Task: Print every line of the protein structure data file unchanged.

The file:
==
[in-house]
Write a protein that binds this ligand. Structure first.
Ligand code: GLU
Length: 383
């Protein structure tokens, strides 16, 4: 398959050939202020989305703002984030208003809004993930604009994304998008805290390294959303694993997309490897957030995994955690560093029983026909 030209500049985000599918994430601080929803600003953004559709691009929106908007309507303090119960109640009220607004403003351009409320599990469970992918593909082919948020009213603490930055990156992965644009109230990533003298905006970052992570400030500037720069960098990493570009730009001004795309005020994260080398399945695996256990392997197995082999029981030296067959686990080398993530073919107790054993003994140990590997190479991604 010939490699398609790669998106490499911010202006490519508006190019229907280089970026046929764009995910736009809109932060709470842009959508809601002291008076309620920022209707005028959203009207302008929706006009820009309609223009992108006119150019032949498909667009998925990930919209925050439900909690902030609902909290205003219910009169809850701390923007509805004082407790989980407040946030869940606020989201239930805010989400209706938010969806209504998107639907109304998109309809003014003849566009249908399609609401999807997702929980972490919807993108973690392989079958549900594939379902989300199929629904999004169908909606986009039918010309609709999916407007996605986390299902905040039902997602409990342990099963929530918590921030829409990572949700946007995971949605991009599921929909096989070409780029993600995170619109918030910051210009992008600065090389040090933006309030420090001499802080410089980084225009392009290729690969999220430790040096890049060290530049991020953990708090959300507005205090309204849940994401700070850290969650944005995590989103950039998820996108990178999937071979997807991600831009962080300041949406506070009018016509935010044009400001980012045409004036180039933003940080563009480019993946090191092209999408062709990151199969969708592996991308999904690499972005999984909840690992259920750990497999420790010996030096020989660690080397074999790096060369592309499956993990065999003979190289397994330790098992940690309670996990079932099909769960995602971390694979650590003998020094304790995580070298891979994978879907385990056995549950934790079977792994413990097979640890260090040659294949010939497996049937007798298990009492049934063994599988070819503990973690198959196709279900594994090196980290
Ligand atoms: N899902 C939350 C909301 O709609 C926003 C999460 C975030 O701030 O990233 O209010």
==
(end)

[in-house]
Write a protein that binds this ligand. Structure first.
Ligand code: GLU
Length: 383
């Protein structure tokens, strides 16, 4: 398959050939202020989305703002984030208003809004993930604009994304998008805290390294959303694993997309490897957030995994955690560093029983026909 030209500049985000599918994430601080929803600003953004559709691009929106908007309507303090119960109640009220607004403003351009409320599990469970992918593909082919948020009213603490930055990156992965644009109230990533003298905006970052992570400030500037720069960098990493570009730009001004795309005020994260080398399945695996256990392997197995082999029981030296067959686990080398993530073919107790054993003994140990590997190479991604 010939490699398609790669998106490499911010202006490519508006190019229907280089970026046929764009995910736009809109932060709470842009959508809601002291008076309620920022209707005028959203009207302008929706006009820009309609223009992108006119150019032949498909667009998925990930919209925050439900909690902030609902909290205003219910009169809850701390923007509805004082407790989980407040946030869940606020989201239930805010989400209706938010969806209504998107639907109304998109309809003014003849566009249908399609609401999807997702929980972490919807993108973690392989079958549900594939379902989300199929629904999004169908909606986009039918010309609709999916407007996605986390299902905040039902997602409990342990099963929530918590921030829409990572949700946007995971949605991009599921929909096989070409780029993600995170619109918030910051210009992008600065090389040090933006309030420090001499802080410089980084225009392009290729690969999220430790040096890049060290530049991020953990708090959300507005205090309204849940994401700070850290969650944005995590989103950039998820996108990178999937071979997807991600831009962080300041949406506070009018016509935010044009400001980012045409004036180039933003940080563009480019993946090191092209999408062709990151199969969708592996991308999904690499972005999984909840690992259920750990497999420790010996030096020989660690080397074999790096060369592309499956993990065999003979190289397994330790098992940690309670996990079932099909769960995602971390694979650590003998020094304790995580070298891979994978879907385990056995549950934790079977792994413990097979640890260090040659294949010939497996049937007798298990009492049934063994599988070819503990973690198959196709279900594994090196980290
Ligand atoms: N899902 C939350 C909301 O709609 C926003 C999460 C975030 O701030 O990233 O209010």